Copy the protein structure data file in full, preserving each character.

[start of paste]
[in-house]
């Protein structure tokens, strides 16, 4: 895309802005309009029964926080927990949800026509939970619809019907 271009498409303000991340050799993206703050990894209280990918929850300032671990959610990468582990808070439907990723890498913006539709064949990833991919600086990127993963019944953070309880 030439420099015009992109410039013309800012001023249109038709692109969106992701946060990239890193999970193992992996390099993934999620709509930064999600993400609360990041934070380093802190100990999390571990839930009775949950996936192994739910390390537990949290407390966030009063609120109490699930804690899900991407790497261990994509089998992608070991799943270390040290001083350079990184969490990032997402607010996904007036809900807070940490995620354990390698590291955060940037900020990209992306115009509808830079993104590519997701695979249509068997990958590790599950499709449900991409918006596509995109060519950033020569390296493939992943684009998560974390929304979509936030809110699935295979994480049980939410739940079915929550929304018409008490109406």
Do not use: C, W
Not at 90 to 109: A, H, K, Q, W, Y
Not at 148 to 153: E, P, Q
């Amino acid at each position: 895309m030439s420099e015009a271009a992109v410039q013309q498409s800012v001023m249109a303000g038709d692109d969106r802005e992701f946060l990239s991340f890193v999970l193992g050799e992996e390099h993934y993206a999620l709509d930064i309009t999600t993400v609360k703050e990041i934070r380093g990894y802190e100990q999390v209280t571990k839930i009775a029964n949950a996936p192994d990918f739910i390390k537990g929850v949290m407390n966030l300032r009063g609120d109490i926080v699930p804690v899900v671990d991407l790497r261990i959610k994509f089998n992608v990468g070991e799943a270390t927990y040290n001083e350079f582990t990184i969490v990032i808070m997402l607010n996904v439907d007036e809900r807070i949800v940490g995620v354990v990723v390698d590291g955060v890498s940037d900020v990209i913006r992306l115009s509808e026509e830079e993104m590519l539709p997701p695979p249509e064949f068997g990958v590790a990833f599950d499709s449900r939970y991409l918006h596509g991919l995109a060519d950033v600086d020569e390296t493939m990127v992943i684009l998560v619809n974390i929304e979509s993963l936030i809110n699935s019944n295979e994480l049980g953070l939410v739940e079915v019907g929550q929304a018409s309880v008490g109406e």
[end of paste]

[in-house]
């Protein structure tokens, strides 16, 4: 895309802005309009029964926080927990949800026509939970619809019907 271009498409303000991340050799993206703050990894209280990918929850300032671990959610990468582990808070439907990723890498913006539709064949990833991919600086990127993963019944953070309880 030439420099015009992109410039013309800012001023249109038709692109969106992701946060990239890193999970193992992996390099993934999620709509930064999600993400609360990041934070380093802190100990999390571990839930009775949950996936192994739910390390537990949290407390966030009063609120109490699930804690899900991407790497261990994509089998992608070991799943270390040290001083350079990184969490990032997402607010996904007036809900807070940490995620354990390698590291955060940037900020990209992306115009509808830079993104590519997701695979249509068997990958590790599950499709449900991409918006596509995109060519950033020569390296493939992943684009998560974390929304979509936030809110699935295979994480049980939410739940079915929550929304018409008490109406």
Do not use: C, W
Not at 90 to 109: A, H, K, Q, W, Y
Not at 148 to 153: E, P, Q
């Amino acid at each position: 895309m030439s420099e015009a271009a992109v410039q013309q498409s800012v001023m249109a303000g038709d692109d969106r802005e992701f946060l990239s991340f890193v999970l193992g050799e992996e390099h993934y993206a999620l709509d930064i309009t999600t993400v609360k703050e990041i934070r380093g990894y802190e100990q999390v209280t571990k839930i009775a029964n949950a996936p192994d990918f739910i390390k537990g929850v949290m407390n966030l300032r009063g609120d109490i926080v699930p804690v899900v671990d991407l790497r261990i959610k994509f089998n992608v990468g070991e799943a270390t927990y040290n001083e350079f582990t990184i969490v990032i808070m997402l607010n996904v439907d007036e809900r807070i949800v940490g995620v354990v990723v390698d590291g955060v890498s940037d900020v990209i913006r992306l115009s509808e026509e830079e993104m590519l539709p997701p695979p249509e064949f068997g990958v590790a990833f599950d499709s449900r939970y991409l918006h596509g991919l995109a060519d950033v600086d020569e390296t493939m990127v992943i684009l998560v619809n974390i929304e979509s993963l936030i809110n699935s019944n295979e994480l049980g953070l939410v739940e079915v019907g929550q929304a018409s309880v008490g109406e």